A rather plain wooden buggy, painted in a brilliant yellow, though rather roughly made, with huge wheels was being pulled by two large beavers who were wearing velvet lined royal crowns of gold, and little military coats of red, decorated with brocade and shiny buttons. On their little feet were red velvet slippers, and their front paws held a bar that they used to pull the rough-shod chariot. I could just about make out two small male legs, and a rather rotund human body, encased in yellow and red striped stockings, and a lush red coat. The small round male body bent in half, almost turning on his head in order to see my unfortunate situation. The clowns snickered gently, side stepping vines and having small but polite conversation with the little mushroom men.

“Who are you?” I asked, while trying not to excite the vines any further.

“Some have called me the Mad Hatter, but I have not worn headgear for years and years now.” His voice was shrill and intense, full of hiccups and a strange background noise of laughter that emanated from his vocal chords simultaneously to his words in an impressive display of sound gargling. “Other people have called me The Holy Fool, some went so far as to crown me The Fisher King. Personally, I prefer Emperor Cyril The Sane; it has a certain ring to it that the others are missing.” On his head was an ornately curled white wig, long and classical, each curl a perfect spiral. His face was kind, and broad, and sat atop a generously proportioned body, encased in a velvet suit of many colors.

“But, you are not at all sane, nor is your kingdom. Is it even an empire?” Rotten started to make a slitting motion across his throat, while Pierrot shook his head and King Pierre cast me a withering look, then returned to talking to the giant uniformed beavers.

“Have you ever thought to ask yourself what sanity is? I mean perhaps I am sane and you are all crazy. Because you are all so insane and I am so possessed of my faculties, you call ‘difference’ insanity. My world encompasses many realms and dimensions, and as such qualifies for the title ‘Empire’. Sanity is highly overrated and quite tiring, young lady. I appreciate the existential discussion, but you are in quite a pickle. More evidence of your own insanity that you would want to engage in conversation before, not after you were freed from this predicament!”

Rotten pulled himself up to his feet, holding onto an eyeball flower who was batting her long lashes at him seductively. “Sorry, M’lady,” he interjected to the flirty flower, “I won’t be but a moment, mon  chéri!” The flower looked down towards the floor in sadness. “We keep on telling her she is in quite the state, Cyril. She never listens to us. That is why we….er…liberated her…from her bedroom and took her out on the road with us for a while. Would you mind freeing her? We have become quite fond of her, and wouldn’t mind taking her with us when we …mmm…go.”

The King smiled. “Well, of course! We always must have compassion for the afflicted, must we not! Bring on the Beavers!” The beavers unhooked themselves from their position in the buggy and strode confidently towards the King. “Well, boys, have at it! Chew her free!” The beavers looked at each other, bared their yellow buck teeth and took an ankle each. The first bites scraped the skin on my ankles and burgundy blood started to spill onto the swirling floor, turning the paisley a shade of claret. “Stop! Stop! Stop!” the Mad King yelled. “Oh that won’t do at all! Not delicate enough! No, no no…Good job boys, you tried your best, but you are just too big. We need a more delicate surgeon for this operation!” The Beavers looked horrified, but it is hard to be mad with an animal that meant no harm, and is wearing such cute costumes. One of them patted my head with a gentle paw. “My apologies, Madam. We didn’t mean to bite you, we were just trying to get through these dreadful vines that appear to be holding you back. Will you forgive us? ” His deep beaver voice quivered with sadness, and tears shaped like diamond trees fell from his big brown eyes.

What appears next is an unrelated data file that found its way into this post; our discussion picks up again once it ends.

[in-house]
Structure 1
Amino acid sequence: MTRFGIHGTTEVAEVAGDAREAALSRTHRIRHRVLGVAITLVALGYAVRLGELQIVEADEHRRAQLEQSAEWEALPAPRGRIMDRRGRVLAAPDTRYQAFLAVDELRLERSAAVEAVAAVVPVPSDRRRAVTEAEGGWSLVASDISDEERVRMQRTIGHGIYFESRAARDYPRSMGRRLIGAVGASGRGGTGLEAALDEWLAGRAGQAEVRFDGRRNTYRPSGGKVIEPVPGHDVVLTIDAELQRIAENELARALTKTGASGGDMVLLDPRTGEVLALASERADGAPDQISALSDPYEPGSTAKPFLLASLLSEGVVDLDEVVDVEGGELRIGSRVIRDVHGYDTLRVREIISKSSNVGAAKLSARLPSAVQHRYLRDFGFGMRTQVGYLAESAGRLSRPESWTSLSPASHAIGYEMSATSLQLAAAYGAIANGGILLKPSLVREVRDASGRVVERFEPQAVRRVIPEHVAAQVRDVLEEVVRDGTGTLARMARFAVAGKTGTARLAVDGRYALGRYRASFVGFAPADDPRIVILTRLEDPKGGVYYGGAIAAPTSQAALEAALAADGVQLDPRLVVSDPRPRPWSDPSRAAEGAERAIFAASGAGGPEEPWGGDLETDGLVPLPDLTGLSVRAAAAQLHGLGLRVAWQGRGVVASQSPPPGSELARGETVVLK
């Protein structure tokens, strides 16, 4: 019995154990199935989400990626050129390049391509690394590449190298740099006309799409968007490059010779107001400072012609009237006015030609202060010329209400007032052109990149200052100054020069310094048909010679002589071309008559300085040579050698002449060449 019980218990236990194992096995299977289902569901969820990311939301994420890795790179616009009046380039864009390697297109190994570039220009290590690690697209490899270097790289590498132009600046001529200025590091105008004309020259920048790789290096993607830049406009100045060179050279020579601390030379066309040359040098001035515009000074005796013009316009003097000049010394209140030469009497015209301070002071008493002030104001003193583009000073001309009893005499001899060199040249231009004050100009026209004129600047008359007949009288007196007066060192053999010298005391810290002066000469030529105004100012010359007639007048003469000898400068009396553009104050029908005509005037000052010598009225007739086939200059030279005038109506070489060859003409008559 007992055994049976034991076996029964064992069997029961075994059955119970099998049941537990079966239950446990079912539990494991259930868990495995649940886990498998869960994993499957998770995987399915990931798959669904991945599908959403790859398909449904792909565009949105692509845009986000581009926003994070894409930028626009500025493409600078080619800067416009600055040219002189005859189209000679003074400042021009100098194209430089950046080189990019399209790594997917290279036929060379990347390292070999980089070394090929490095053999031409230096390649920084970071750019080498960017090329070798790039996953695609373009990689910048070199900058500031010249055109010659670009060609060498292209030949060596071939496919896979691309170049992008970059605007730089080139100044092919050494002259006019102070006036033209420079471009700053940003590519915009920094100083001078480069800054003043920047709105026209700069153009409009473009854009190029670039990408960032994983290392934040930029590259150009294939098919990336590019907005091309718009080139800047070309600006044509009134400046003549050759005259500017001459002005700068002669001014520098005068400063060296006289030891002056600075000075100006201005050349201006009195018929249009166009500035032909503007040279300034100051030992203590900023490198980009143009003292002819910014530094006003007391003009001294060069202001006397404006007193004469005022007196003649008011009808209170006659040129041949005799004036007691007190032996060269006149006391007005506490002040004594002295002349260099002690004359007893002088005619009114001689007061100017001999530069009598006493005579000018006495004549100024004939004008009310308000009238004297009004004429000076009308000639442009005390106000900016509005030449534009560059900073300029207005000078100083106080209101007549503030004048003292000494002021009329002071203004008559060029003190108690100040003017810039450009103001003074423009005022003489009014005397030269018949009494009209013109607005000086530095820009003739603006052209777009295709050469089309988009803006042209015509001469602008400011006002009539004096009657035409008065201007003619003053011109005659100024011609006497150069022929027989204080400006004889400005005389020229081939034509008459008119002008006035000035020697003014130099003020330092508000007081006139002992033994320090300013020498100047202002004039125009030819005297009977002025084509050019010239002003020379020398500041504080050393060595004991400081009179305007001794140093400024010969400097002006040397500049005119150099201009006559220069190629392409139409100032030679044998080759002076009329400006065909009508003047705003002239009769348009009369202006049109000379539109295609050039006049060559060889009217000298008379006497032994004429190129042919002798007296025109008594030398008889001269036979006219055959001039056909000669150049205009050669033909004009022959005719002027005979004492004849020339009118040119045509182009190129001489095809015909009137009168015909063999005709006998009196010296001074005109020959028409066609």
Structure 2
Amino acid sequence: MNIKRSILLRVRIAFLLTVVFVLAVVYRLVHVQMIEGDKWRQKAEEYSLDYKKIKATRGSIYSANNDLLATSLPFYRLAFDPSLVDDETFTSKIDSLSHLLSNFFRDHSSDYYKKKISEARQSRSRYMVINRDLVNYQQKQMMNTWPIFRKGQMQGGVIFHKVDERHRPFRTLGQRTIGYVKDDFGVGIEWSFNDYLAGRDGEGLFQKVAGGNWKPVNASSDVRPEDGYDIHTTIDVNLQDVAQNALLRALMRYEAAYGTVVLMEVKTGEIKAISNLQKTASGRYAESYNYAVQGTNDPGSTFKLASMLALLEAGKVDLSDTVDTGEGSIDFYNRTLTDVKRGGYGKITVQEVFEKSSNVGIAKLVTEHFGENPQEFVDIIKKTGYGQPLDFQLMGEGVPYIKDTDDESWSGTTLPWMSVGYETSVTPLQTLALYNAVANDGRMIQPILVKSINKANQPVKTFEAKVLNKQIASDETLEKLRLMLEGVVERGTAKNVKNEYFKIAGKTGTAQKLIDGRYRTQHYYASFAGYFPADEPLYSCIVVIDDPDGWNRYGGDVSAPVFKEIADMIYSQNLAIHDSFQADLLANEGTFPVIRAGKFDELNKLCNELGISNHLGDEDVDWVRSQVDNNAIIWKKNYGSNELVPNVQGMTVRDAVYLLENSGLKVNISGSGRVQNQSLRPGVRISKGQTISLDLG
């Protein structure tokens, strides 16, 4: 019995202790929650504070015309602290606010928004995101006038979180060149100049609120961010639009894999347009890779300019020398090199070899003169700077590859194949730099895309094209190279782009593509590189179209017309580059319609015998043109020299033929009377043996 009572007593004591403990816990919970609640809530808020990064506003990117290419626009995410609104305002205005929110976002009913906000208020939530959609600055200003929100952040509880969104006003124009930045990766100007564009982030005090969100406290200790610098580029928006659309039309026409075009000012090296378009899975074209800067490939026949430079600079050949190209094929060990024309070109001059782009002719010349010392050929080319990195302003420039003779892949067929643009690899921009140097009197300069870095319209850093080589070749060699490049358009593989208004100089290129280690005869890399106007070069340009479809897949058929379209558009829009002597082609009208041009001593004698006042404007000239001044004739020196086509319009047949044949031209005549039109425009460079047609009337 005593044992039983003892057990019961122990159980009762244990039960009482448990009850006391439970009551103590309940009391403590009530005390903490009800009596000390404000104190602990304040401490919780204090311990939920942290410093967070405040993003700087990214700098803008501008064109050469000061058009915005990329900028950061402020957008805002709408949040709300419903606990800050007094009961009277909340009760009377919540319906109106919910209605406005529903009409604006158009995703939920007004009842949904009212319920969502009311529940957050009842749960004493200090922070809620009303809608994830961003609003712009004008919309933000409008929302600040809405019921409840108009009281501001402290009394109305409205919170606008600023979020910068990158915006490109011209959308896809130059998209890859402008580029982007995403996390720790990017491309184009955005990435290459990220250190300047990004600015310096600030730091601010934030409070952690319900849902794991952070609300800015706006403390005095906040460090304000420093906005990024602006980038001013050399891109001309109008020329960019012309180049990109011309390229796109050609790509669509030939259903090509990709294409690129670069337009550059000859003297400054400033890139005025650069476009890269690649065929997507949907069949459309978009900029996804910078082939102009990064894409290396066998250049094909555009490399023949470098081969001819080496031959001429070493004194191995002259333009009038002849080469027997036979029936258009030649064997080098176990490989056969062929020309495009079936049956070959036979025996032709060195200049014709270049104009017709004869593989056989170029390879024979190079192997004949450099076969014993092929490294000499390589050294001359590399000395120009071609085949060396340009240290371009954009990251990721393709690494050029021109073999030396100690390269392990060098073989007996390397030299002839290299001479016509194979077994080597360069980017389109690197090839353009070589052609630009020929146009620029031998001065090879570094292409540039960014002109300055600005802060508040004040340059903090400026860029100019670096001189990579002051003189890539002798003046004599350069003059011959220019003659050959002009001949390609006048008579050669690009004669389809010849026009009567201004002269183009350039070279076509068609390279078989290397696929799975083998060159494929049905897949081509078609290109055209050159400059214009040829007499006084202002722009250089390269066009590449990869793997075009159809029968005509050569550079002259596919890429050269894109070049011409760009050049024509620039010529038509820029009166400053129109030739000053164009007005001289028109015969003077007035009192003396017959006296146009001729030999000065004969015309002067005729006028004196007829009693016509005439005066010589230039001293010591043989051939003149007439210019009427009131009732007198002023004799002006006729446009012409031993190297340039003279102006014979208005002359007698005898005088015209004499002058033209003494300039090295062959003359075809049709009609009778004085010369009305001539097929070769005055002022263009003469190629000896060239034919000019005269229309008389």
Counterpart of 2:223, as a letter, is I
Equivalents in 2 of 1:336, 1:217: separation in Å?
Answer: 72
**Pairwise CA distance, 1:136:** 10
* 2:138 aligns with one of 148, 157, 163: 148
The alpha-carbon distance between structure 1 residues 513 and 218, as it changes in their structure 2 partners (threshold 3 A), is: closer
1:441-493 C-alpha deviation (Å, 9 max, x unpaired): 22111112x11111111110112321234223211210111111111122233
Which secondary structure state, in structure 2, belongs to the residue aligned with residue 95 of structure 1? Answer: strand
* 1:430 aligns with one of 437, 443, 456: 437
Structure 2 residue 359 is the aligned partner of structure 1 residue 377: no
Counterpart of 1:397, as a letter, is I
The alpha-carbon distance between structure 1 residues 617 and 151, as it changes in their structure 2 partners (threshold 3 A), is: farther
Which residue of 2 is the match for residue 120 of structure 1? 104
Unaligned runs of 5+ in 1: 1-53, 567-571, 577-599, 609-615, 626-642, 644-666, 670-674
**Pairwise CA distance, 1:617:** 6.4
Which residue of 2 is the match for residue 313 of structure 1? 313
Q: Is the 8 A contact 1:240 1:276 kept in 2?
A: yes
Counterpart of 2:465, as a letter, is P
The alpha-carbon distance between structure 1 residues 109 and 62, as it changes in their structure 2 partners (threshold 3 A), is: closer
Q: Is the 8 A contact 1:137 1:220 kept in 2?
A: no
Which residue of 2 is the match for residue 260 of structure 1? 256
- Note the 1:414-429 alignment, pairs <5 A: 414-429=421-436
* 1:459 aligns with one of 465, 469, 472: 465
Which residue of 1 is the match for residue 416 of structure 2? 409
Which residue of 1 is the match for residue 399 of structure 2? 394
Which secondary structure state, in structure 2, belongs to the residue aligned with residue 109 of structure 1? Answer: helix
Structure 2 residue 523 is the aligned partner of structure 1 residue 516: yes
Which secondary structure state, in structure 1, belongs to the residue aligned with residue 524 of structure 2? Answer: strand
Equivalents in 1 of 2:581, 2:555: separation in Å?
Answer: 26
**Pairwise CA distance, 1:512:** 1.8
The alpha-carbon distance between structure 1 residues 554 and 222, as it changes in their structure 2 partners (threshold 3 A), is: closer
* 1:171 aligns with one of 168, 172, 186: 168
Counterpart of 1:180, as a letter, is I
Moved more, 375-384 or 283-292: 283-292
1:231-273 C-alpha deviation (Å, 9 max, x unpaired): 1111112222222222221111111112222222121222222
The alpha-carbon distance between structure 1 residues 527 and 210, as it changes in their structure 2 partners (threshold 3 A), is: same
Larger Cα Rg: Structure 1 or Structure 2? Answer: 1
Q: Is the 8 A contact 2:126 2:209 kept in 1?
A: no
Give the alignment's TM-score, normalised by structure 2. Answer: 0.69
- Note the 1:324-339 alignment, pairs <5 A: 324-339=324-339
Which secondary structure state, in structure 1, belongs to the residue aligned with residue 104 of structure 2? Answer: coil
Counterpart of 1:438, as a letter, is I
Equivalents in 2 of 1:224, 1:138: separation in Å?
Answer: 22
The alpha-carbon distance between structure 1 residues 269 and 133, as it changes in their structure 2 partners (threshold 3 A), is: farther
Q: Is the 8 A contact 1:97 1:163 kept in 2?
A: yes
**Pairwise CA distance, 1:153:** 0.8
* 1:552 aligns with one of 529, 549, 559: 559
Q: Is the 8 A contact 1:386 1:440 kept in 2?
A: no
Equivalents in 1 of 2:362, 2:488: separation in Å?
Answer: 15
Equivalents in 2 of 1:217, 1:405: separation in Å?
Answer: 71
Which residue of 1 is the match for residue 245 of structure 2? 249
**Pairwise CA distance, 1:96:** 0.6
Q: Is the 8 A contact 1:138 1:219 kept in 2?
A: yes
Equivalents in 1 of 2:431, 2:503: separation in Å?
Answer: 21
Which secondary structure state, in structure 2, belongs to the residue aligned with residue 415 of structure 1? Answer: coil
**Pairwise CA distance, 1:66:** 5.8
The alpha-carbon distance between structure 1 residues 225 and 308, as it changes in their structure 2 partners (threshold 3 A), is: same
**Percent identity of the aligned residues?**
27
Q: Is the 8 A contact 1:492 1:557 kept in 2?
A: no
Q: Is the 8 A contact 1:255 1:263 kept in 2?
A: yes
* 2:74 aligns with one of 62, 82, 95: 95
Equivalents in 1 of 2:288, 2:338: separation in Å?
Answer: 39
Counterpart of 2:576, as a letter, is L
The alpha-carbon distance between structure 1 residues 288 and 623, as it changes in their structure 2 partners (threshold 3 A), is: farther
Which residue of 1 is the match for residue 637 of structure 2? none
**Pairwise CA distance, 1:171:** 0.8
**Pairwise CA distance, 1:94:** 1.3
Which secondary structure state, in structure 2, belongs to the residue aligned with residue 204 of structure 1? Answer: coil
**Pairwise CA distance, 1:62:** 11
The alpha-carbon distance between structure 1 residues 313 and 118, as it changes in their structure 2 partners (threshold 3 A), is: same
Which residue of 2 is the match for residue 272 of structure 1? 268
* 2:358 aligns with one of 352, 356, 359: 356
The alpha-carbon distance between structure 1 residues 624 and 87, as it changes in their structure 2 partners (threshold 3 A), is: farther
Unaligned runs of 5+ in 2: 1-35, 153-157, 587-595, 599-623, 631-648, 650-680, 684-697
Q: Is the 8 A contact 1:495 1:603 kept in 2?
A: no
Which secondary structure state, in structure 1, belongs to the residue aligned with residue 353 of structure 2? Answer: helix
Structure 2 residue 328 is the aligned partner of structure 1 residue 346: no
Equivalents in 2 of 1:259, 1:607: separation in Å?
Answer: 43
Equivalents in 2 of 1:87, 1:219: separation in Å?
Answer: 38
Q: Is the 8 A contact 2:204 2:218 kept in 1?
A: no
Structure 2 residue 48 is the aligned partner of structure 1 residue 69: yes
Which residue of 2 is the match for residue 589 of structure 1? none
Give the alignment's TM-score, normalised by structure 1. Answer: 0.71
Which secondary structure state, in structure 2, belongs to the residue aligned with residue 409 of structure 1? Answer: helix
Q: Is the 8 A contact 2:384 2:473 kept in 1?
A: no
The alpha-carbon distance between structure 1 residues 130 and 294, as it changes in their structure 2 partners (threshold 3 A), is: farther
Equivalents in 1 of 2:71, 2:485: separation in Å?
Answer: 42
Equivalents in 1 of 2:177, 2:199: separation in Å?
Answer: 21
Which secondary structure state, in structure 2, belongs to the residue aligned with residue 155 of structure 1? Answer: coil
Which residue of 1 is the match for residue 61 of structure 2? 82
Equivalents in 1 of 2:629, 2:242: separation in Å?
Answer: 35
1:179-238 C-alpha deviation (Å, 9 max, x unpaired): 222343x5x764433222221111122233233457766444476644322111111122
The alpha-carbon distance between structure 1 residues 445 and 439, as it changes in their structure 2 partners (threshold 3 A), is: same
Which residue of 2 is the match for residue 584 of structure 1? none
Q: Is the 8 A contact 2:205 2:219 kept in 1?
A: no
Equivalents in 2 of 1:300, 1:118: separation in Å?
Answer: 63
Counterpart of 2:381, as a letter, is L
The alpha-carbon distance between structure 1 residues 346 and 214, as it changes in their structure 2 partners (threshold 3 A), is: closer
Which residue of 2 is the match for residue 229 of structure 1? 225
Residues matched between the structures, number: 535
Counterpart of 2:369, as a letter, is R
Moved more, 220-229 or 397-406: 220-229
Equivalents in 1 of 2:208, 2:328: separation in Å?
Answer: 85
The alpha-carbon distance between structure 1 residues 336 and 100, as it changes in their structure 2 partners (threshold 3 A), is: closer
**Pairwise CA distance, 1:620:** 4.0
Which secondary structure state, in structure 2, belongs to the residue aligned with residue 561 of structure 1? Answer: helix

“Of course, my dear Beaver friends. I know you didn’t mean to hurt me!” The Beavers excused themselves, walking back to the wagon, their tails slapping with concern on the floor, making the paisley path splash and splatter like wet paint.

“OK!” said the Mad King, “What is smaller than a beaver but knows how to chew?” Pierrot raised his hand, producing a bunny from King Pierre’s top hat. The rabbit, held by the ears, eyes bulging did not seem to keen on being summoned. “A rabbit?”

“A rabbit? A rabbit! A rabbit might know how to chew, but it doesn’t have the brains for this enterprise! Easily distracted, is the bunny. Take that rabbit away! Dismiss the Rabbit! He is not required today!” Pierre put the bunny on the floor and let him hop and gambol in the flowers, nibbling the grass like bunnies do.

Pierre Rotten raised a hand. “How about a shrew?”

Emperor Cyril the Sane shook his head. “A shrew? A shrew knows how to chew, that is for sure, but he is not the kindest animal in the jungle. Flesh, vine, eyeballs..brains…it is all the same to the shrew. Are you feeling alright? I mean the bunny was not a bad idea, just useless, but the Shrew? What is wrong with you man! I thought you liked this girl!” Rotten dragged his boot toe in the dirt and looked embarrassed.

“I do. I really do. She is a friend. She might even be a clown one day, if she is lucky.” Rotten threw me the biggest smile he had ever hurled my way.